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    Set Review: 75932 Jurassic Park Velociraptor Chase
    ReviewFriday, August 3rd, 2018 at 4:00am by Jason, BZPower Reporter

    Jurassic World hit theaters last month, and we looked at some of the LEGO sets based on the film. But there was one set that focused on a much older movie: 75932: Jurassic Park Velociraptor Chase, which recreates scenes from the original dinosaur blockbuster. Today, BZPower Reporter Xccj takes a look at this set and compares it to the scenes from the movie. Is this one worth biting down on? Read or watch the video review and find out!

    First, a big shout out to LEGO for generously donating this set to us for a review. Thanks again!

    Presentation
    From the design of the box to the instruction manual, these are the first things you see before building the set.

    Image of Box Front Image of Box Back Image of Contents

    The front of the box shows off a scene that is easily recognizable from the movie, where the human protagonists try to hold out against a hungry velociraptor. Already it's clear that there are a ton of movie references in this set, and you can spot even more of them on the back of the box. There's also a graphic to inspire you to mix and match your dinosaur parts, even though that is kind of against the message the movies are making. C'mon, LEGO, you're stepping into dangerous territory here!

    Granted, LEGO has played around with dinosaurs a lot in the past. The sets based off the first Jurassic World movie were very popular in 2015, and the dinosaur molds were mostly reused from the generic Dino theme in 2012. Prior to that, they had Dino Attack / Dino 2010 in 2005, a brick built Dinosaur theme in 2001, which included some Studio sets that tied into Jurassic Park III. And, of course, the Adventurers first discovered Dino Island back in 2000. Yet despite their Cretaceous captivation, LEGO has never actually made a set to honor the original Jurassic Park movie... until now!

    The set includes 360 pieces and retails for $39.99 USD. It's a decent value since it also includes 4 iconic minifigures and 1 velociraptor dinosaur. In my opinion, it's not as overpriced as some of the Junior sets, which makes it more appealing to an older collector.

    Building
    Half the fun is had building the set. How fun is it to build and how easy or challenging is it?

    There's nothing super fascinating about the construction of the set, which consists of three partial room interiors separated by two walls. One nice touch is that the door is constructed rather than using a standard door element, which is a nice departure, although it was a requirement in order to integrate the locking mechanism.

    Set Design
    Now that the set is complete, we can critique how it looks from every angle. New or interesting pieces can also be examined here.

    Image of Pieces

    The set doesn't exactly have a lot of unusual pieces. Most of the colors are in grayscale, although you get a few dark red and dark blue "highlights." The large angled plate elements are modestly rare, and the quarter circle dark red plate is exclusive. A couple of other notable elements are the umbrella, the spoon, and the 1x3 jumper plate.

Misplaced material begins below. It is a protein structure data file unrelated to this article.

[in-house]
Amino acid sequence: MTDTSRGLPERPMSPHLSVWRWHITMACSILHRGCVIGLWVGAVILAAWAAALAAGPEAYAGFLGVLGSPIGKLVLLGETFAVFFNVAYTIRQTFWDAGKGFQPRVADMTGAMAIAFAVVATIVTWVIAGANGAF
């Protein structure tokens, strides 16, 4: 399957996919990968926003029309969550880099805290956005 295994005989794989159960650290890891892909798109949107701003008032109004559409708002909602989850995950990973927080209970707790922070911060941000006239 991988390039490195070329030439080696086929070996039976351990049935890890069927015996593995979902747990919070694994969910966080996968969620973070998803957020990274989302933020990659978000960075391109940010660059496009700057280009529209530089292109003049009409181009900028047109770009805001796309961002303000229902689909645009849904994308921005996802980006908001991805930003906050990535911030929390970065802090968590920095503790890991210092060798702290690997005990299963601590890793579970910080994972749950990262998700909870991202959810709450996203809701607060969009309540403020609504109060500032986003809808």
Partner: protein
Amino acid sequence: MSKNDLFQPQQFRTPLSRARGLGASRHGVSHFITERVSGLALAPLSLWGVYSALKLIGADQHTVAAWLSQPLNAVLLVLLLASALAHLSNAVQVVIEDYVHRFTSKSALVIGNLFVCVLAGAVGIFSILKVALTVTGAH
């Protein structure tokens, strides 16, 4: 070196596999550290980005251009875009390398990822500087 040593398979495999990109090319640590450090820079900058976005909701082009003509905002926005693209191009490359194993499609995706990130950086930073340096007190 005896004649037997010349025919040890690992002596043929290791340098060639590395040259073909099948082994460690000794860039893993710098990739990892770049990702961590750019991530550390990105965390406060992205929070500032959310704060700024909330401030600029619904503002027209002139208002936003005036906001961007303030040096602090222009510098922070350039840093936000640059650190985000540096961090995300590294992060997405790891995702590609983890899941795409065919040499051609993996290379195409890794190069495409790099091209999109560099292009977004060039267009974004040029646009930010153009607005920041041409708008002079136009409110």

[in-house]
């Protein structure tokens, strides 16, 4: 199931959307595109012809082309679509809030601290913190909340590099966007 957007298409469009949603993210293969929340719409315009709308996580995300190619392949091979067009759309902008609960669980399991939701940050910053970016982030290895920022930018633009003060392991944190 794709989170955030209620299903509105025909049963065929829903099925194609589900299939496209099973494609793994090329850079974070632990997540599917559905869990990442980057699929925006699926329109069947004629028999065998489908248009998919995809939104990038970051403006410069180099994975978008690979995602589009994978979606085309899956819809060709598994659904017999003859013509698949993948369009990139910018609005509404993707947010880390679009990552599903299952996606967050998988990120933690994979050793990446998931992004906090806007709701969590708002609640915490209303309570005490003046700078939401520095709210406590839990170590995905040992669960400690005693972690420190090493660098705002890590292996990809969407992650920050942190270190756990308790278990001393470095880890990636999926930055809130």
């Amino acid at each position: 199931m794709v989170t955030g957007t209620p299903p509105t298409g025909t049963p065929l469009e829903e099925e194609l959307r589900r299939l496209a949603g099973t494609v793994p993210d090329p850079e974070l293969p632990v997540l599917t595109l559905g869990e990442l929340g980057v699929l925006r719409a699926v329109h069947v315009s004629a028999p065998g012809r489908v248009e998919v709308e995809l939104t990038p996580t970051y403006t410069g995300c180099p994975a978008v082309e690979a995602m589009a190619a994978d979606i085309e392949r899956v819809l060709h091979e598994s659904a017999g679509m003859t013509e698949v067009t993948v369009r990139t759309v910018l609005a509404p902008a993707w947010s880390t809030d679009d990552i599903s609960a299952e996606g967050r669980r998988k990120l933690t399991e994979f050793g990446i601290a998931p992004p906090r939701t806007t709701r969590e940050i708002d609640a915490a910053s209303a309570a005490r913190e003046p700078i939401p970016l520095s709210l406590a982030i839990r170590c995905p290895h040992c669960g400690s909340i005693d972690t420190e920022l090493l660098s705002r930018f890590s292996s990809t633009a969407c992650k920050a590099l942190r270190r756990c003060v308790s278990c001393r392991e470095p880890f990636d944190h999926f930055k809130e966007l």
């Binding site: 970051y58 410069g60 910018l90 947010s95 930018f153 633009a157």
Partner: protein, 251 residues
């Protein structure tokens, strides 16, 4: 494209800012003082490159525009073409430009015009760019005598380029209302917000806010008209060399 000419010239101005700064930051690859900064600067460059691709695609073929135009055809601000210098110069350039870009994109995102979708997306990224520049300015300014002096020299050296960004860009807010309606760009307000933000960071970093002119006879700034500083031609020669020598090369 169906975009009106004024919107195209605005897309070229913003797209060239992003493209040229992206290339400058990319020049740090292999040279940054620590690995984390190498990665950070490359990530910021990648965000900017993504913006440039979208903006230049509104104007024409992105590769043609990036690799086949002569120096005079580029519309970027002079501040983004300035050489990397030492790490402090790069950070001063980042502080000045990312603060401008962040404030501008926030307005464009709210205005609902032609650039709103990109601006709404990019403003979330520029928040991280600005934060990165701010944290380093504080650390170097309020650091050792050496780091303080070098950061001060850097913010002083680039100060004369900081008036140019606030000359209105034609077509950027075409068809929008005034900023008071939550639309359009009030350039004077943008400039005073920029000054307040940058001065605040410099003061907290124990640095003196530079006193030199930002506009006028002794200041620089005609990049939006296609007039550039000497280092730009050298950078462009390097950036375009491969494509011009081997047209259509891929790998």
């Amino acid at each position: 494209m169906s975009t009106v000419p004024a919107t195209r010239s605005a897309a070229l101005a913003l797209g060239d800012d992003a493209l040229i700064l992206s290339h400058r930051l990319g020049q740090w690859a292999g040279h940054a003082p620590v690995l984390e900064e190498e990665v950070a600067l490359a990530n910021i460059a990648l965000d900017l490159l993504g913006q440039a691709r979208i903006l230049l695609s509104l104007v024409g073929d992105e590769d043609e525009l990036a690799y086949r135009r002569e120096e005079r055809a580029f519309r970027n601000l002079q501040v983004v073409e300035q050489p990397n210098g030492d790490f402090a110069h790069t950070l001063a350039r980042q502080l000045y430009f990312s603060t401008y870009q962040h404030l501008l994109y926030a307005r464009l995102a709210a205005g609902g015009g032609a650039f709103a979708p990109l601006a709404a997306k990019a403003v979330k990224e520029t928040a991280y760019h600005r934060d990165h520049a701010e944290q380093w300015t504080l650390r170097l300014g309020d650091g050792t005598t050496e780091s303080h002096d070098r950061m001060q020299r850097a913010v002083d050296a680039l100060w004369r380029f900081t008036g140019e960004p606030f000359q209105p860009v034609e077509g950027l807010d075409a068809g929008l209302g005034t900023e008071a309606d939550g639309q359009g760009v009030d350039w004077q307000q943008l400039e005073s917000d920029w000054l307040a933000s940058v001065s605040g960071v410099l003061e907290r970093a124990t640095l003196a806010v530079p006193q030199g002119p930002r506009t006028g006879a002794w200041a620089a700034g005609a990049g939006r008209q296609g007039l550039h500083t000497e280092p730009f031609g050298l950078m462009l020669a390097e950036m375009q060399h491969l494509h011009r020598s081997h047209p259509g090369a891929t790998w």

Image of Minifigures Front Image of Minifigures Back Image of Minifigures Alt Expressions

    The set includes all four main characters from the finale of the movie that were being chased by the velociraptors. Their outfits don't exactly match the scene, because at that point in the movie they were all muddy and worn out from having to flee from the dinosaurs, but they do match what they were wearing at the beginning of the movie, so it still works. Another point of interest is that these characters were initially rendered in the 2015 LEGO Jurassic World video game, although they didn't exist as figs yet. There are some similarities, but I think the actually figs are more detailed.

    First we have Dr. Alan Grant, the movie's renowned paleontologist. He comes with a simple blue jacket, complete with a red scarf and some back printing too. He only has one expression on his head, but that is made up for by the inclusion of a hat and a hair piece. His face may have a few too many wrinkles on it, but I guess it works. Next is Dr. Ellie Sattler, a paleobotanist in the movie. She has a nice pink jacket and is the only minifigure to include printed legs. She does have two expressions, including a frightened face to mimic her reactions to getting chased by velociraptors.

    Then we have the two children, Tim Murphy and Lex Murphy. Both have short legs and detailed torso printing; Tim has a blue jacket with a striped shirt and blue scarf, while Lex has a lavender shirt with some fancy designs on it. (I don't think I've ever noticed this before in the movie, but are those trilobite designs?) Both have very similar faces, which include some freckles; the only real difference is the inclusion of some eyelashes on Lex's female head. More disappointing is their alternate expressions, which are mere frowns. These two spent the majority of their time in the third act of the movie screaming, so the frowns feel a bit underwhelming for their characters. (However, it looks like LEGO is reusing these heads for other children characters, such as in the Harry Potter sets, so perhaps the frowns were just more versatile.)

    It is cool that we got all four characters from the chase scene in one set, as they are some of the more prominent characters from the movie. However, we're still missing minifigure forms of John Hammond and Dr. Ian Malcolm, among others, so it would be nice to see them in future Jurassic Park sets. (After all, there are still a few iconic settings from the movie that could be recreated in set form, and of course we all need another Jeff Goldblum minifigure.) However, while the minifigures are important, they're not the real stars of this set.

    Image of Velociraptor Front Image of Velociraptor Back Image of Velociraptor Glitch